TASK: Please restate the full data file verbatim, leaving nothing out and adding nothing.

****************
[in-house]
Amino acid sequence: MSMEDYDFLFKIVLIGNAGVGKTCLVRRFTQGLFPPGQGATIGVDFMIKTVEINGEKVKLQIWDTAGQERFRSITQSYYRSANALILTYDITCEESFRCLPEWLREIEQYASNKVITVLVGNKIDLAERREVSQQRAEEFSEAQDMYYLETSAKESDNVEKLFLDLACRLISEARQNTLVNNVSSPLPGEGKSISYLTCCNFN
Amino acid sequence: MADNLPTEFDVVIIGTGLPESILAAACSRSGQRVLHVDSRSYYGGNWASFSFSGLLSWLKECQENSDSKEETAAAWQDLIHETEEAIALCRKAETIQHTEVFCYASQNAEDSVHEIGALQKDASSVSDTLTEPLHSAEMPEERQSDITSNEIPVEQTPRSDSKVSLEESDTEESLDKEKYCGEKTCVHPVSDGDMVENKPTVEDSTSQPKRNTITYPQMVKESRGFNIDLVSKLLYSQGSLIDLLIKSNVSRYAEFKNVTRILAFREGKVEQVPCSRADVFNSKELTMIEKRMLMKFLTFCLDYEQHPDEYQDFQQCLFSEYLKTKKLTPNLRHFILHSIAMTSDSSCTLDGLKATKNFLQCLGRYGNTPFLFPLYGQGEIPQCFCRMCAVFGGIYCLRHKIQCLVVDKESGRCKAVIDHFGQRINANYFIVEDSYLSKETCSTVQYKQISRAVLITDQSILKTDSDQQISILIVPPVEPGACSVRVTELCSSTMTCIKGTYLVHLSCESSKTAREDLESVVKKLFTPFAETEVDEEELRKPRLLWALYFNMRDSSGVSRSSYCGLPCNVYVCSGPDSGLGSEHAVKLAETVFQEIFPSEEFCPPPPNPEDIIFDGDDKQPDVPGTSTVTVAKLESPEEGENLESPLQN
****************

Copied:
[in-house]
Amino acid sequence: MSMEDYDFLFKIVLIGNAGVGKTCLVRRFTQGLFPPGQGATIGVDFMIKTVEINGEKVKLQIWDTAGQERFRSITQSYYRSANALILTYDITCEESFRCLPEWLREIEQYASNKVITVLVGNKIDLAERREVSQQRAEEFSEAQDMYYLETSAKESDNVEKLFLDLACRLISEARQNTLVNNVSSPLPGEGKSISYLTCCNFN
Amino acid sequence: MADNLPTEFDVVIIGTGLPESILAAACSRSGQRVLHVDSRSYYGGNWASFSFSGLLSWLKECQENSDSKEETAAAWQDLIHETEEAIALCRKAETIQHTEVFCYASQNAEDSVHEIGALQKDASSVSDTLTEPLHSAEMPEERQSDITSNEIPVEQTPRSDSKVSLEESDTEESLDKEKYCGEKTCVHPVSDGDMVENKPTVEDSTSQPKRNTITYPQMVKESRGFNIDLVSKLLYSQGSLIDLLIKSNVSRYAEFKNVTRILAFREGKVEQVPCSRADVFNSKELTMIEKRMLMKFLTFCLDYEQHPDEYQDFQQCLFSEYLKTKKLTPNLRHFILHSIAMTSDSSCTLDGLKATKNFLQCLGRYGNTPFLFPLYGQGEIPQCFCRMCAVFGGIYCLRHKIQCLVVDKESGRCKAVIDHFGQRINANYFIVEDSYLSKETCSTVQYKQISRAVLITDQSILKTDSDQQISILIVPPVEPGACSVRVTELCSSTMTCIKGTYLVHLSCESSKTAREDLESVVKKLFTPFAETEVDEEELRKPRLLWALYFNMRDSSGVSRSSYCGLPCNVYVCSGPDSGLGSEHAVKLAETVFQEIFPSEEFCPPPPNPEDIIFDGDDKQPDVPGTSTVTVAKLESPEEGENLESPLQN